In 2014 the BJP came roaring back into power with the former Chief Minister of the state of Gujarat, Narendra Modi, as its Prime Minister. Indian national elections are held every five years, and in 2019 Modi and the BJP were resoundingly reelected. They continue to be in office.

Political observers have been trying to explain the remarkable and sudden growth of the BJP in the last decades. There are a number of factors that are distinctive to India related to its urban growth and efforts at economic development.

But the fact cannot be ignored that the rise of an authoritarian religious nationalism in India takes place at the same time when around the world there are new popularist authoritarian movements—many of them buttressed by religious xenophobia. It is an era of Erdogan in Turkey, Putin in Russia, Orban in Hungary, Trump in the United States, and Bolsonaro for a time in Brazil.

There is something emerging globally, a mounting distrust in the legitimacy of the secular nation-state, that has afflicted India as well. Like the MAGA Republicans in America, BJP-supporting Indians have embraced their leader with a religious zeal. In both cases, they have attributed to their political hero an almost divine power and an apocalyptic vision of their political reign.

Modi, like Putin and Trump, is not shy about hiding these religious ties.  He has proclaimed Hindu culture to be the dominant culture of the subcontinent, one that should be celebrated. Textbooks in public schools have been rewritten to minimalize the presence of the Moghul Empires and the influence of Muslim culture. Cities with Muslim names, like Allahabad, have been replaced with names that are either neutral or Hindu.

Modi arrived in Ayodhya in priestly garb on January 22, 2024 for the inauguration event of a new temple that had been built on the site of the destroyed mosque. He had endured eleven days of purification rituals to prepare him for taking on the sacral role of consecrating the granite stone image of Ram on the temple’s altar.

The Ayodhya that Modi came to was a vastly different city than the sleepy town I visited some thirty years earlier. The construction of the new temple attracted a number of gleaming new hotels and restaurants, and an impressive new airport was constructed to cater to the new crowds. Visitors would no longer have to endure hours of dusty travel in the summer without air conditioning.

The construction of the new temple had been allowed after an Indian Supreme Court decision in 2019 that settled the issue of what would be done with the site. In an unusual and controversial decision, the Court admitted that the mob’s destruction of the ancient mosque was indeed “an egregious violation” of the law. But nonetheless, it granted control over the site to a trust to be set up by the Government of India in order to have a Hindu temple built on the 2.77 acre location. It simultaneously allocated 5 acres in another “prominent location” to be given to the official Muslim charity foundation of Uttar Pradesh to have a new mosque built there.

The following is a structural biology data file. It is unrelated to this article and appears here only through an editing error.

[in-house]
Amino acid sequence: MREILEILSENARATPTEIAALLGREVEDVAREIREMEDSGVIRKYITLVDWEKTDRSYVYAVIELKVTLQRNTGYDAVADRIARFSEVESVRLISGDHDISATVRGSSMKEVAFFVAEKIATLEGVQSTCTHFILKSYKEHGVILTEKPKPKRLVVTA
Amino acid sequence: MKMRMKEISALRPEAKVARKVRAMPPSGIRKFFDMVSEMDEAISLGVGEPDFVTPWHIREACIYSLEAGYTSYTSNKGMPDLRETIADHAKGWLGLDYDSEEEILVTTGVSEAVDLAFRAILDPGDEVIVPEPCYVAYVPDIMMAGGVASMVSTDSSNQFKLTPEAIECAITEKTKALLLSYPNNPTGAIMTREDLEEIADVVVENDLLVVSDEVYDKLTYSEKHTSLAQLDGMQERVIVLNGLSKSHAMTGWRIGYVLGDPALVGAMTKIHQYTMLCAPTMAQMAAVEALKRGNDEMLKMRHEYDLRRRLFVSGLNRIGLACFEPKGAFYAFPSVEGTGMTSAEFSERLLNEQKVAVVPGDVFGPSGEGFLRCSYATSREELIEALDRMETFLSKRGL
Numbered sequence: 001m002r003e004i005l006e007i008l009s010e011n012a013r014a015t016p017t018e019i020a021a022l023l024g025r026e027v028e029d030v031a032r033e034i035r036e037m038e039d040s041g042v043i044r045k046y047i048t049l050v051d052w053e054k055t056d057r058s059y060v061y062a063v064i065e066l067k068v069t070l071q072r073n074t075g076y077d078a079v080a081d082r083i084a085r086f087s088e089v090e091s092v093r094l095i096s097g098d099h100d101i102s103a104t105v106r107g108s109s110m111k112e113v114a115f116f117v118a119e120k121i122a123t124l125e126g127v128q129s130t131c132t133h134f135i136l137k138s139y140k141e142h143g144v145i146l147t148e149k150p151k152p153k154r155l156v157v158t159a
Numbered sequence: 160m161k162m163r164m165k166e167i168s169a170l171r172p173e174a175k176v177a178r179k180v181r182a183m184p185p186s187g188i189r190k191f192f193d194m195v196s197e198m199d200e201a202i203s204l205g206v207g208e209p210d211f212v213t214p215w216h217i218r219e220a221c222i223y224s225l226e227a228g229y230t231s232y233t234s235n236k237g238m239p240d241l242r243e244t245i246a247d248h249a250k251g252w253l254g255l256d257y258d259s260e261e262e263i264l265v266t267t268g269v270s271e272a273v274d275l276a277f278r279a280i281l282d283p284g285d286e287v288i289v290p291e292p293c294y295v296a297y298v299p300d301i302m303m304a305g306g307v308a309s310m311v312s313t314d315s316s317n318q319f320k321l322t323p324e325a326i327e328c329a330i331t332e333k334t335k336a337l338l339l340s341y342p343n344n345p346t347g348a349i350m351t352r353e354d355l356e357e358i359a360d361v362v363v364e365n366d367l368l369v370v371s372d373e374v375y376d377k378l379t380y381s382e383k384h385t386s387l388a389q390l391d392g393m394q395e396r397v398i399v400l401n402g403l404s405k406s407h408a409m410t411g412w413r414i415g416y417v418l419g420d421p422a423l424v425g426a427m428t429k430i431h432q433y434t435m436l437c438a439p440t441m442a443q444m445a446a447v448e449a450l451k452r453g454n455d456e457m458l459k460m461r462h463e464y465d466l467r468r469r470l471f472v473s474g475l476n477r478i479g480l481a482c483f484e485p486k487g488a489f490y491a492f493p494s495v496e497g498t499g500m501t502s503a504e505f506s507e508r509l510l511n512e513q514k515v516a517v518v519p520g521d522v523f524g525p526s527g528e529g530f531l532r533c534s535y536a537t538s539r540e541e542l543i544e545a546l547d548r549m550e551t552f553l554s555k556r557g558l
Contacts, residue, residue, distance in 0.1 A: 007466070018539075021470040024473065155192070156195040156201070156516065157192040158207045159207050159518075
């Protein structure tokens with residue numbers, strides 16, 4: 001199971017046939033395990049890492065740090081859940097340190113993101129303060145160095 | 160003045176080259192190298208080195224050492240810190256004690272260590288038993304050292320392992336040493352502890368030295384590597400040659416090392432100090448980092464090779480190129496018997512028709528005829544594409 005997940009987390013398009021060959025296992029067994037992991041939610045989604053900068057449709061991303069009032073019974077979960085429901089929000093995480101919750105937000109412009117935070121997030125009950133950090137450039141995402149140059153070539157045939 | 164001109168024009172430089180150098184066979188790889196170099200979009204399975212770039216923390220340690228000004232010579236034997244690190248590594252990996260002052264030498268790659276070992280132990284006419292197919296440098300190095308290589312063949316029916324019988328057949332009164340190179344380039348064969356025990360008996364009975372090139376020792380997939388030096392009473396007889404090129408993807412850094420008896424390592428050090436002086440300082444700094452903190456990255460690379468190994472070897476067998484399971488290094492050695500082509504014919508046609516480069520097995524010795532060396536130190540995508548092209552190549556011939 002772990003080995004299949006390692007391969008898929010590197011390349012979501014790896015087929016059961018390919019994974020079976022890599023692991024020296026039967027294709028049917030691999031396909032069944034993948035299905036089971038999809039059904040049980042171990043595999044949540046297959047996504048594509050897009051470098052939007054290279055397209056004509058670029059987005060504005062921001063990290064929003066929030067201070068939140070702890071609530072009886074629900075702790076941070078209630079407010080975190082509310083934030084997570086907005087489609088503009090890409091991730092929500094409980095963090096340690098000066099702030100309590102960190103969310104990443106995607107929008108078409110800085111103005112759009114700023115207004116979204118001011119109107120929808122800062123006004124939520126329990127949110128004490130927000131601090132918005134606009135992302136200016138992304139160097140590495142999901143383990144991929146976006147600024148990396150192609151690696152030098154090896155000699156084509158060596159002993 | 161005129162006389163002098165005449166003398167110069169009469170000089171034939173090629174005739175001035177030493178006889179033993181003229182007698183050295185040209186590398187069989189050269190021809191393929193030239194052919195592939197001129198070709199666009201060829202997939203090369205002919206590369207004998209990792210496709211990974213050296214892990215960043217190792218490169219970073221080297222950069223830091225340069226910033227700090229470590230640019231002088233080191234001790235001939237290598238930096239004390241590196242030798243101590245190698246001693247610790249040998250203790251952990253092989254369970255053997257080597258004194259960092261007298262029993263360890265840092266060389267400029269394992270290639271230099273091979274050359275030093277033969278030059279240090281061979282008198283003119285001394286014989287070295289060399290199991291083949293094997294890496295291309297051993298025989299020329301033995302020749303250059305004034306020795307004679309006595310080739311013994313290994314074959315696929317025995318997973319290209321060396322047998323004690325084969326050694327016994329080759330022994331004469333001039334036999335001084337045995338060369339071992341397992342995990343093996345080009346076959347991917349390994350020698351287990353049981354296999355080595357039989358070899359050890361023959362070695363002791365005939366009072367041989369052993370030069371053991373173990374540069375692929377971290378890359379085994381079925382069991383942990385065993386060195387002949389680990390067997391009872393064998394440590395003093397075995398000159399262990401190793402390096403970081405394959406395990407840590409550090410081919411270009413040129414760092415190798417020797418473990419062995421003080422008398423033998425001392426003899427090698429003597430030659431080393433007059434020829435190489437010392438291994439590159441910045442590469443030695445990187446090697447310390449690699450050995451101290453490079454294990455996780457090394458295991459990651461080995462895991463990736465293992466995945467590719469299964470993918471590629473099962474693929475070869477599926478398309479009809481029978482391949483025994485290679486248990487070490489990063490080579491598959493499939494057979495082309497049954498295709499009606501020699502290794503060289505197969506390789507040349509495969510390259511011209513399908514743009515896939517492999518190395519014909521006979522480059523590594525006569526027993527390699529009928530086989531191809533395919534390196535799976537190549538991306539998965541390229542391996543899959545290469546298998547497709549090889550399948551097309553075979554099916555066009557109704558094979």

By the time that Modi showed up to inaugurate the temple, the rupee equivalent of over 200 million dollars had been raised from non-government donations to create the mammoth artifice. Millions more were allocated from government funds for infrastructure requirements of roads, utilities, and the like.

The building is scheduled to be completed within a year or so, perhaps by early 2025. The incomplete condition of the new construction, however, did not deter Modi from inaugurating it early. It is, after all, right  before the national elections slated later in the Spring. Ignoring the unfinished details, he declared it functionally finished, consecrating the image of Ram that officially made it a sacred temple.

The crowds roared. It was estimated that over 300,000 people had crowded into Ayodhya from all over the country for the grand occasion. At the moment of the consecration, helicopters and airplanes from the Indian Air Force flew low overhead scattering thousands of flower petals on the joyful throng.

The Indian press, much of which was already in the BJP camp, were rapturous over the occasion. India Today, once a respected newsmagazine of India, proclaimed that the installation of the Ram image in the temple was “not just a religious ceremony.” They averred that it was “much more,” stating boldly that “the world is seeing in it the civilizational awakening, the rise of a nation that is finally shaken off the colonial shackles.”

A group of Indian human rights organizations, however, have taken a different position. They issued a statement saying that Modi’s consecration of the temple “set a dangerous precedent.” They accused the Prime Minister of a blatant political stunt in advance of the elections. Moreover, they said that it was a dark indication of “a disregard for the right to exist for religious minorities,” and the further erosion of secularism in public life.

In India, the temple has been consecrated, a monument not just to Lord Ram but also to a Hindu political regime. It signifies, as elsewhere in the world, a religious nationalism on the rise. The garish temple is also regarded for many observers to be a bad omen for democratic nationalism, and a dismal perversion of religion.